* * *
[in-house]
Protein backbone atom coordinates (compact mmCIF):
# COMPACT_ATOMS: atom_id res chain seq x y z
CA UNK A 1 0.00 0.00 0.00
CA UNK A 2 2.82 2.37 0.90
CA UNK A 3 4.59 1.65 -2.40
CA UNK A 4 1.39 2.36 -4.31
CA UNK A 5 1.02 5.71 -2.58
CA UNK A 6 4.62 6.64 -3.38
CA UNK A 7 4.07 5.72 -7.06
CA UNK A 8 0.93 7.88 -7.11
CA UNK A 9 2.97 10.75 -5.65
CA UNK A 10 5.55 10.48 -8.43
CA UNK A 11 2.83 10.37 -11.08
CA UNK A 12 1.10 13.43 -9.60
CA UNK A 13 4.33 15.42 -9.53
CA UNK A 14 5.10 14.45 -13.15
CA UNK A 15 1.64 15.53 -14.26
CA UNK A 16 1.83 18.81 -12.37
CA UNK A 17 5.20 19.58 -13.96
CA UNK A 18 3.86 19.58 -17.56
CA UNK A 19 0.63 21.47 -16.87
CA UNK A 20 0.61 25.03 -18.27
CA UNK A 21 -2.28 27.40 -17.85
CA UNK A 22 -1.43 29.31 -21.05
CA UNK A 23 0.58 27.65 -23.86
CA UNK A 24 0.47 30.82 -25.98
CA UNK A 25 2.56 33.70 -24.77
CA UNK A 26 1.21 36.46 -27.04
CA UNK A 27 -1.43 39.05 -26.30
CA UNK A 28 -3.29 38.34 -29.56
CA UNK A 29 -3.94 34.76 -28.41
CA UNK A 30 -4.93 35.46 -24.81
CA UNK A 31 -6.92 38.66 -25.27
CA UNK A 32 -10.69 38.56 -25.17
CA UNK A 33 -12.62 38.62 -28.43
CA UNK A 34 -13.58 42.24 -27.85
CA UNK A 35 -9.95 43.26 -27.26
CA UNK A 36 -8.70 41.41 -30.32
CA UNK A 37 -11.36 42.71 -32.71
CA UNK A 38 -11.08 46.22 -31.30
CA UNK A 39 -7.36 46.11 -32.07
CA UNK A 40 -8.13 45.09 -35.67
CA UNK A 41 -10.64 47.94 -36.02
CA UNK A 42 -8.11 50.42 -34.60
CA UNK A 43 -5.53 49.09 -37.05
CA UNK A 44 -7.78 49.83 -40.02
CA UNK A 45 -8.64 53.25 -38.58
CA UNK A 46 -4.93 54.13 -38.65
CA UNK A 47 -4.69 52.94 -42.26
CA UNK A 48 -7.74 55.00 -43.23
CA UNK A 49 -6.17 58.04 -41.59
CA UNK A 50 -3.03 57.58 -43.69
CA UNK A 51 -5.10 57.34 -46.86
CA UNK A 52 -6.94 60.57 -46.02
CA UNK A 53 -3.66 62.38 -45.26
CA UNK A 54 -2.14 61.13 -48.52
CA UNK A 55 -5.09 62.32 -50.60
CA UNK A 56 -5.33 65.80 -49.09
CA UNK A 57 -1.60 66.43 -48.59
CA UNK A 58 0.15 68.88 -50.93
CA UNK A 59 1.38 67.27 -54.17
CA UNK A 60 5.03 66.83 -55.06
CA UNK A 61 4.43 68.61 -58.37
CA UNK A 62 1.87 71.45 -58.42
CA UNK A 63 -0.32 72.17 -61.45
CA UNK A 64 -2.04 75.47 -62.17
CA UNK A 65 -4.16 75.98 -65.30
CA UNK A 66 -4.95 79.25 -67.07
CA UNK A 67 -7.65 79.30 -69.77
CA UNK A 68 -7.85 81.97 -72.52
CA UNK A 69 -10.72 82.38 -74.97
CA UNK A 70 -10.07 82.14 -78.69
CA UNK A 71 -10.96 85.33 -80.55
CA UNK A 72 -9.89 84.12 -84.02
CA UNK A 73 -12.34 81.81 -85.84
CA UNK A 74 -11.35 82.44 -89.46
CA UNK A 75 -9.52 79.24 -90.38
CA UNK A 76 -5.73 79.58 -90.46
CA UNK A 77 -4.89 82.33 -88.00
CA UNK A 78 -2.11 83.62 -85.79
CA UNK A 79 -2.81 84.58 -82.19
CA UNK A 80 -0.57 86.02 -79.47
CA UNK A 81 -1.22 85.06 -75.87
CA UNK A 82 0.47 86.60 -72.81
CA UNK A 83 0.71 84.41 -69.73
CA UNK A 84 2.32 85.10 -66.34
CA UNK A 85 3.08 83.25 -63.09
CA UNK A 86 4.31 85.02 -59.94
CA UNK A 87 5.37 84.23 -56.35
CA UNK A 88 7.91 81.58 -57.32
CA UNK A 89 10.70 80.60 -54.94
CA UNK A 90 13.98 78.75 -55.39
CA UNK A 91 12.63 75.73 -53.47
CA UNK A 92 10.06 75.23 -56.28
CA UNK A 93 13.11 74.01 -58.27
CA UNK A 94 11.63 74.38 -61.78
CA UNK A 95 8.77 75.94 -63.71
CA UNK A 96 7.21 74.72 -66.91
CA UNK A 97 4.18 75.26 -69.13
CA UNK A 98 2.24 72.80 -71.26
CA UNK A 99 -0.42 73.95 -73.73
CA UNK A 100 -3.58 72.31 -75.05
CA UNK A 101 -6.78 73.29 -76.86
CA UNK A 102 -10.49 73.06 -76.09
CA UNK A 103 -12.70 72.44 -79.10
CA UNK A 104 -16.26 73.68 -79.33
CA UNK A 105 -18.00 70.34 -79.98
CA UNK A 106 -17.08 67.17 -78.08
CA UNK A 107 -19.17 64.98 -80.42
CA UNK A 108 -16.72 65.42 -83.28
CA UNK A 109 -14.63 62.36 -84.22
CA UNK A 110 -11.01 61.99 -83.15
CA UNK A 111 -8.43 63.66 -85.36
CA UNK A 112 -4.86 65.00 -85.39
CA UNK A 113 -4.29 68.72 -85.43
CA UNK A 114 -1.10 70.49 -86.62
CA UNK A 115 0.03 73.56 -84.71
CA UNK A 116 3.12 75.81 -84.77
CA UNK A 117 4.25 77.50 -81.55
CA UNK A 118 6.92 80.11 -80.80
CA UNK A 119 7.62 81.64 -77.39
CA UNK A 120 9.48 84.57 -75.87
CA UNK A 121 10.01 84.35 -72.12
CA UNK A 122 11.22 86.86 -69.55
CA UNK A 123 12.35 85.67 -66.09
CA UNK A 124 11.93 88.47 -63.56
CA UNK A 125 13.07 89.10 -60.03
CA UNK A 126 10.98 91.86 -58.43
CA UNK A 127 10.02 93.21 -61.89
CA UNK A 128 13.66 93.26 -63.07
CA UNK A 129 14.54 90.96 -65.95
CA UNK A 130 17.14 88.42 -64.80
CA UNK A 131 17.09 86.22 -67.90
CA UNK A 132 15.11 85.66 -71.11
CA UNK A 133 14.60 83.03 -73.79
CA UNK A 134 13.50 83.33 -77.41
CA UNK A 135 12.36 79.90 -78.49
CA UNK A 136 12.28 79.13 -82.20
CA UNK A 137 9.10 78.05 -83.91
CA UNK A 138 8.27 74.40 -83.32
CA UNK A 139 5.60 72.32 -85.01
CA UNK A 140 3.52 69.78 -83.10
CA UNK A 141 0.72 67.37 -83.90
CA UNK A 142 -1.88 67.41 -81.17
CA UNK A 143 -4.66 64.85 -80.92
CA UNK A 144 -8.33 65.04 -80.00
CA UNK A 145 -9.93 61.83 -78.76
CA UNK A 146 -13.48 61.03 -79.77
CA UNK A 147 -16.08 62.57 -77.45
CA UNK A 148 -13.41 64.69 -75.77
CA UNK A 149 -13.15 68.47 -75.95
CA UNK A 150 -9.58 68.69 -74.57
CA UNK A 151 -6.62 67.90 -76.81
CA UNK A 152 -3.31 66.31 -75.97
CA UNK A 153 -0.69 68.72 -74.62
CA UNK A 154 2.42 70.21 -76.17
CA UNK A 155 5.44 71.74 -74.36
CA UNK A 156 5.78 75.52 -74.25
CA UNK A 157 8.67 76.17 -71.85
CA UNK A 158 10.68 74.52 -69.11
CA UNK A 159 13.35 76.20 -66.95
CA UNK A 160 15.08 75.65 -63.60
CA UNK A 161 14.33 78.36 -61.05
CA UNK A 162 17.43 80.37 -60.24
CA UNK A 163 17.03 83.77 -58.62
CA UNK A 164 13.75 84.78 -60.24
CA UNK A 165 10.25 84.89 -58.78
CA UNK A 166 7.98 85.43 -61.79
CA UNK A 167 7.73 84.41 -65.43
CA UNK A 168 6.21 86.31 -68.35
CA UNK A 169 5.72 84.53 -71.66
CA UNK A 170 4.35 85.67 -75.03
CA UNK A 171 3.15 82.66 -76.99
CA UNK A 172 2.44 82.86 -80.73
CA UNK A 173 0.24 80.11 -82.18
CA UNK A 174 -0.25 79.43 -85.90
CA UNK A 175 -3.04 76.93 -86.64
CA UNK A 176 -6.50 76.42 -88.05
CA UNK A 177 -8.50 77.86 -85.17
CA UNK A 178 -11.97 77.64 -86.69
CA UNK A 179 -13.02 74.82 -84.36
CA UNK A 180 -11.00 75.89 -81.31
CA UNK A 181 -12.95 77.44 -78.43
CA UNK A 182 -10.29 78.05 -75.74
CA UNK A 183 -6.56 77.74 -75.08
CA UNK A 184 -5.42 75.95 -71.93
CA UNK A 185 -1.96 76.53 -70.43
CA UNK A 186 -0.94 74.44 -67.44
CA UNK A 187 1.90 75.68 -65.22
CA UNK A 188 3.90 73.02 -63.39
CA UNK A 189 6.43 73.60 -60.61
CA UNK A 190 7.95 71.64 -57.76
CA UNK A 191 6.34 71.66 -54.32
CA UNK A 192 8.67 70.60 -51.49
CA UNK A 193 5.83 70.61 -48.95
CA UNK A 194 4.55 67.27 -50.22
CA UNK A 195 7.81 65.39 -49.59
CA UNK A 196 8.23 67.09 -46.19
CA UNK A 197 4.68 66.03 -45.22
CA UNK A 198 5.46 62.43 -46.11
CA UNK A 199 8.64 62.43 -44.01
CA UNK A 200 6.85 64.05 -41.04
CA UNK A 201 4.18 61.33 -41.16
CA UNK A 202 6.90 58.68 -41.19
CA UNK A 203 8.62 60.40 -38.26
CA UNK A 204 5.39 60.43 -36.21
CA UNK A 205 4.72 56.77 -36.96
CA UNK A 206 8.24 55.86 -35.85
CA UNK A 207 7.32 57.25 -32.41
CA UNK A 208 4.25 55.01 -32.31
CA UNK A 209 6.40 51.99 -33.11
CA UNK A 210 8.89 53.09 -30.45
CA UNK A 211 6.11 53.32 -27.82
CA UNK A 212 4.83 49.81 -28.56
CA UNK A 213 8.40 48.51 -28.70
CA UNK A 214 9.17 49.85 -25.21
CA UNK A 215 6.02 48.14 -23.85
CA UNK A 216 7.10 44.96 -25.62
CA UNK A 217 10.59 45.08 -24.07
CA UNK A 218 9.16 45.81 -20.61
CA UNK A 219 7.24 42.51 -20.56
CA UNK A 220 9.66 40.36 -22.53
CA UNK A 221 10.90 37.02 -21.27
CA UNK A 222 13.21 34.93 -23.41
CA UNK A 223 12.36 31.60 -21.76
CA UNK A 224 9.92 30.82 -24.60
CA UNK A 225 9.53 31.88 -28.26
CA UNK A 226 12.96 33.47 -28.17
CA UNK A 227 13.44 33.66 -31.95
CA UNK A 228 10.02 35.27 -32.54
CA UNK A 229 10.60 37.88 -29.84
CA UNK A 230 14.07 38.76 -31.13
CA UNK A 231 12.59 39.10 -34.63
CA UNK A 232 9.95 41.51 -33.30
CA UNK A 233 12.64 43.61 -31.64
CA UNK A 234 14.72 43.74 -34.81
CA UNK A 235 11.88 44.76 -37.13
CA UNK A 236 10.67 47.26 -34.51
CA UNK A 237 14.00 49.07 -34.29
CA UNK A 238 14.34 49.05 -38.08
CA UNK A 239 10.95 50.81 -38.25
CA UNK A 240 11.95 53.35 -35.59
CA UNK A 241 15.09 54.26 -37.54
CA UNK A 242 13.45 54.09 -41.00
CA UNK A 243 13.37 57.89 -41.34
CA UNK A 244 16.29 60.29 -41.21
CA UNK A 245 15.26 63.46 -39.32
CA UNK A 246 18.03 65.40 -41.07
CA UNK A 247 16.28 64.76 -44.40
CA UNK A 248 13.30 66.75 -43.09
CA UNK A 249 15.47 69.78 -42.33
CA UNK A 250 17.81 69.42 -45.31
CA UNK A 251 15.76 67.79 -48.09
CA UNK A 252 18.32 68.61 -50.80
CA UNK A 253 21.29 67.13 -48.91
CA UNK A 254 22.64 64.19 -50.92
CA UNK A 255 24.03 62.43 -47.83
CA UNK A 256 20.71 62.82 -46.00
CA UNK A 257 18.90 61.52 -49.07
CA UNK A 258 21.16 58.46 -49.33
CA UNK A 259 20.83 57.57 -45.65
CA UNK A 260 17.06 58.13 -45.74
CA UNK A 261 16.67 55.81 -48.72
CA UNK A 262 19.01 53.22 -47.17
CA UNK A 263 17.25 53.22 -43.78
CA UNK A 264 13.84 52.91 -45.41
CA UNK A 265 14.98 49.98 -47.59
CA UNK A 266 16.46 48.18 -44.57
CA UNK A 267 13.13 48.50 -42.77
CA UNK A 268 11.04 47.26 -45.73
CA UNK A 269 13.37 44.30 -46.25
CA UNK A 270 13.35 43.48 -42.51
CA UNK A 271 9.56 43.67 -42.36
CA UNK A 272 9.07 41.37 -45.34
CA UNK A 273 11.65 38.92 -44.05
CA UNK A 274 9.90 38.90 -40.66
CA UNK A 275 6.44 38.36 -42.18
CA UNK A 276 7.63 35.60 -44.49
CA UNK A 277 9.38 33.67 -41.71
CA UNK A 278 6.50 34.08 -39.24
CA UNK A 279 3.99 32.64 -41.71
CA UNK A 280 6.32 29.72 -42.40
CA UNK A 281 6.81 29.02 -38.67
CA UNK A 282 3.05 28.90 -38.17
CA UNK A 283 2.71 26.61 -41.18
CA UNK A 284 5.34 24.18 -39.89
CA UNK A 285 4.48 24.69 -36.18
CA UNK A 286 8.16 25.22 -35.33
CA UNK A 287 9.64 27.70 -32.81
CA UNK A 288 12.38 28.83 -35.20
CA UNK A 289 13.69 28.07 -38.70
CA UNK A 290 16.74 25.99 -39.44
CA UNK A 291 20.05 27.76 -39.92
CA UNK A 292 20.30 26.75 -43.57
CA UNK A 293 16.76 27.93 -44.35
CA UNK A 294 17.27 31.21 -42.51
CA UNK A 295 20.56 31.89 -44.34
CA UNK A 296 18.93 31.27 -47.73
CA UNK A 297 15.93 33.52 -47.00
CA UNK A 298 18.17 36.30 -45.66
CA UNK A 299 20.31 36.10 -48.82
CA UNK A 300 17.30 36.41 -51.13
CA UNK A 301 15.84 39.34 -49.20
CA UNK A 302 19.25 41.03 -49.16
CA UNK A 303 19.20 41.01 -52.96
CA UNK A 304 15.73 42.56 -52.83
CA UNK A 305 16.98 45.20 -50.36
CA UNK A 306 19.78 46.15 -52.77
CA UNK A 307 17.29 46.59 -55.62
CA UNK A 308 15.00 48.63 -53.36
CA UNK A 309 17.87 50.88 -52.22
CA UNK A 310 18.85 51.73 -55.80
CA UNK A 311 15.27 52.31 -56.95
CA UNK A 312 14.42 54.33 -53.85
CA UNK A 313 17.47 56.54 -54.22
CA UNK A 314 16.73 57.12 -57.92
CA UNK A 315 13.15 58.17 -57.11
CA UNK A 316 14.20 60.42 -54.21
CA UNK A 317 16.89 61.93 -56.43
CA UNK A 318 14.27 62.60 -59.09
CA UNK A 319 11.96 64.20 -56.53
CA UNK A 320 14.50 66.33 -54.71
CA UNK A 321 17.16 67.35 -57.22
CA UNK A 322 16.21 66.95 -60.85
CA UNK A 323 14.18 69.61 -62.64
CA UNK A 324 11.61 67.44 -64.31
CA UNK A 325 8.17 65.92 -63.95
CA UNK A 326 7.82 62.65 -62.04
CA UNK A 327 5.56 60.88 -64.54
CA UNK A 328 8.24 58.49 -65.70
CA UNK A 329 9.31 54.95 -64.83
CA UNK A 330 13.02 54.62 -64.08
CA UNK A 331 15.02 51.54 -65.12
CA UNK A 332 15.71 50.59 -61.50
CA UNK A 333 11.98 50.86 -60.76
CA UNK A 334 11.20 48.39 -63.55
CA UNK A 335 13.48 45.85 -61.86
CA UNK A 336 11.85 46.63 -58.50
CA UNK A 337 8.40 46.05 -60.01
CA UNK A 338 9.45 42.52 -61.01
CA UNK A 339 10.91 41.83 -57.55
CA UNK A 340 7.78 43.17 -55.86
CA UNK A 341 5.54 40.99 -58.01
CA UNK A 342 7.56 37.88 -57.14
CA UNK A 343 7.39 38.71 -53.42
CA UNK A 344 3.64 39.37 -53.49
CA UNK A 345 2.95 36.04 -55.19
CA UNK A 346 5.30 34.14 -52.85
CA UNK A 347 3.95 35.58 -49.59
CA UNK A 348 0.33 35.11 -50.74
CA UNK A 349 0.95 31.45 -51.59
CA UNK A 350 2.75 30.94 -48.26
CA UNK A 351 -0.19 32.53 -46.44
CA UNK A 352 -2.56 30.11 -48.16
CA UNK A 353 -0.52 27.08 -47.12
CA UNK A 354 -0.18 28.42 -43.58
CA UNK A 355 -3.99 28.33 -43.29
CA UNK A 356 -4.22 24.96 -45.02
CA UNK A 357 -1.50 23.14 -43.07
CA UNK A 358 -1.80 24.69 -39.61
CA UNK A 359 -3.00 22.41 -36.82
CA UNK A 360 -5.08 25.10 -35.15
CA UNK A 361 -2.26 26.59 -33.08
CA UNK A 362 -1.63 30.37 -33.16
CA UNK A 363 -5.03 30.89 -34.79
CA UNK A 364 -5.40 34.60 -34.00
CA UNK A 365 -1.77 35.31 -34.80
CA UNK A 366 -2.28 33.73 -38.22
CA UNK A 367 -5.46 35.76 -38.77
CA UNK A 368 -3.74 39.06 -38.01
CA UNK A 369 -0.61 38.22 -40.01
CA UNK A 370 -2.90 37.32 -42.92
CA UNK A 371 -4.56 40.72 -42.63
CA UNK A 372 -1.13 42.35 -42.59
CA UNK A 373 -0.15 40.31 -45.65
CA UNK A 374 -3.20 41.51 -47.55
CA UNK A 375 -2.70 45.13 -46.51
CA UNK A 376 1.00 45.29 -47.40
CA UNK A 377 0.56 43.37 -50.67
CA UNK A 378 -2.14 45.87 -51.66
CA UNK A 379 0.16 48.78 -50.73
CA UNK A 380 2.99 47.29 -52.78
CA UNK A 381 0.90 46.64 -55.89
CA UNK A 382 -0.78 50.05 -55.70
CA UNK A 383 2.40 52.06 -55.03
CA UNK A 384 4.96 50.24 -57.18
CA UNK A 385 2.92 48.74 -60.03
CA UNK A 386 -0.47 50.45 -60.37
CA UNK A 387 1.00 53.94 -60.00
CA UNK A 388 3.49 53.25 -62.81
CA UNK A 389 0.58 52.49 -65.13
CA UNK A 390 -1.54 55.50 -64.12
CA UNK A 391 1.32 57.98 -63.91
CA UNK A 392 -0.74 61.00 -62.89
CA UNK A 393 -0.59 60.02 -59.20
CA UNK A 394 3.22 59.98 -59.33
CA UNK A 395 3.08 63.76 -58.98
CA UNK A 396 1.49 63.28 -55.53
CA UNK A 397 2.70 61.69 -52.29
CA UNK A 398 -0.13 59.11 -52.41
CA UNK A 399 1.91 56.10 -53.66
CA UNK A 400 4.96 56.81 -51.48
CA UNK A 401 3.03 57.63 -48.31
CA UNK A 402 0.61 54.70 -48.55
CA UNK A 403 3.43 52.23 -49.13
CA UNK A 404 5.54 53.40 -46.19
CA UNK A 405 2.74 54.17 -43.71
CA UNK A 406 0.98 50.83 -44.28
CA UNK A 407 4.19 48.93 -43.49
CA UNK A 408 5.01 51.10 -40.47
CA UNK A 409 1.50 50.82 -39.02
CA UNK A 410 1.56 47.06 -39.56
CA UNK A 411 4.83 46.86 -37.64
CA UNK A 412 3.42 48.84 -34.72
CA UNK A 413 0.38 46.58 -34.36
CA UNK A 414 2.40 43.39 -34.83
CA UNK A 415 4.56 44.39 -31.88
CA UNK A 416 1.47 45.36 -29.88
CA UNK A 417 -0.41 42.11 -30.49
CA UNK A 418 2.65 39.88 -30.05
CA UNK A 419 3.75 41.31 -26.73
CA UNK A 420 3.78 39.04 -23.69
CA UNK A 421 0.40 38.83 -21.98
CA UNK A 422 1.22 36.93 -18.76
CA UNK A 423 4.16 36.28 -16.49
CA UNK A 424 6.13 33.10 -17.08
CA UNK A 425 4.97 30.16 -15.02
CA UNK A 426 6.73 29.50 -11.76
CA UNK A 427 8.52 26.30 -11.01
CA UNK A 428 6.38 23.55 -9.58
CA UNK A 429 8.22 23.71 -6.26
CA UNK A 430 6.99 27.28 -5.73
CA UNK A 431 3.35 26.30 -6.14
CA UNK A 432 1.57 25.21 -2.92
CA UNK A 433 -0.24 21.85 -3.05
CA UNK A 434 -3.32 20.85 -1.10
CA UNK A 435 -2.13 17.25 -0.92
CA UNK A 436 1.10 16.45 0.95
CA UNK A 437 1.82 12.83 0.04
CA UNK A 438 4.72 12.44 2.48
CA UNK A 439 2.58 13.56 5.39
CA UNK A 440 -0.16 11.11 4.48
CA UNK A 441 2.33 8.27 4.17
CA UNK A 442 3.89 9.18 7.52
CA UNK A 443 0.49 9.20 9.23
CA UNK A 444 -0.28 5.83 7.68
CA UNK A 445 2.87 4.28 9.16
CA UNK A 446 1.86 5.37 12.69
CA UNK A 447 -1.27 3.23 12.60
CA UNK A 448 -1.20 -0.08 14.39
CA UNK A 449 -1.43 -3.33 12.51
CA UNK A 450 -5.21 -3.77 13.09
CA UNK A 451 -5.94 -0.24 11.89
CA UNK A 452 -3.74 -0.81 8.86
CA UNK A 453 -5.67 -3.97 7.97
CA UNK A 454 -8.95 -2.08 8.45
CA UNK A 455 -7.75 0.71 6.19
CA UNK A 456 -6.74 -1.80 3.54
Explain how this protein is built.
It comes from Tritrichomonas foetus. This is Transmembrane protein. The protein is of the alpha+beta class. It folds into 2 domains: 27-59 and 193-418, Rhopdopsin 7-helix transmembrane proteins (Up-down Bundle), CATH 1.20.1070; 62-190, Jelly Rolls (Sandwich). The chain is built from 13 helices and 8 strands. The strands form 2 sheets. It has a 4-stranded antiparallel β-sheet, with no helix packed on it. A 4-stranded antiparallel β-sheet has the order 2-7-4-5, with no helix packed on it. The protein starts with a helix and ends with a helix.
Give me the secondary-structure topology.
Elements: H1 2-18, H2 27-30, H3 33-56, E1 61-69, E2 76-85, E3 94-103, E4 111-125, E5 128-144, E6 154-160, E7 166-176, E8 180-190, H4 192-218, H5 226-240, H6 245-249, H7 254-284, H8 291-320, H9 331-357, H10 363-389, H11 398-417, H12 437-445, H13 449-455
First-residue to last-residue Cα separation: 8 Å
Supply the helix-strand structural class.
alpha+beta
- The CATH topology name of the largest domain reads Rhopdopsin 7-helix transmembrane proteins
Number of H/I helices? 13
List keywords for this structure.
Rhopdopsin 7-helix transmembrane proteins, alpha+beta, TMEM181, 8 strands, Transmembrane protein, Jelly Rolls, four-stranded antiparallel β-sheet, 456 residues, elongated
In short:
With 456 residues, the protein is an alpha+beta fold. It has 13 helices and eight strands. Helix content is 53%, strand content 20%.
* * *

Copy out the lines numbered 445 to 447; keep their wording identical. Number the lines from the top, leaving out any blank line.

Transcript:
CA UNK A 442 3.89 9.18 7.52
CA UNK A 443 0.49 9.20 9.23
CA UNK A 444 -0.28 5.83 7.68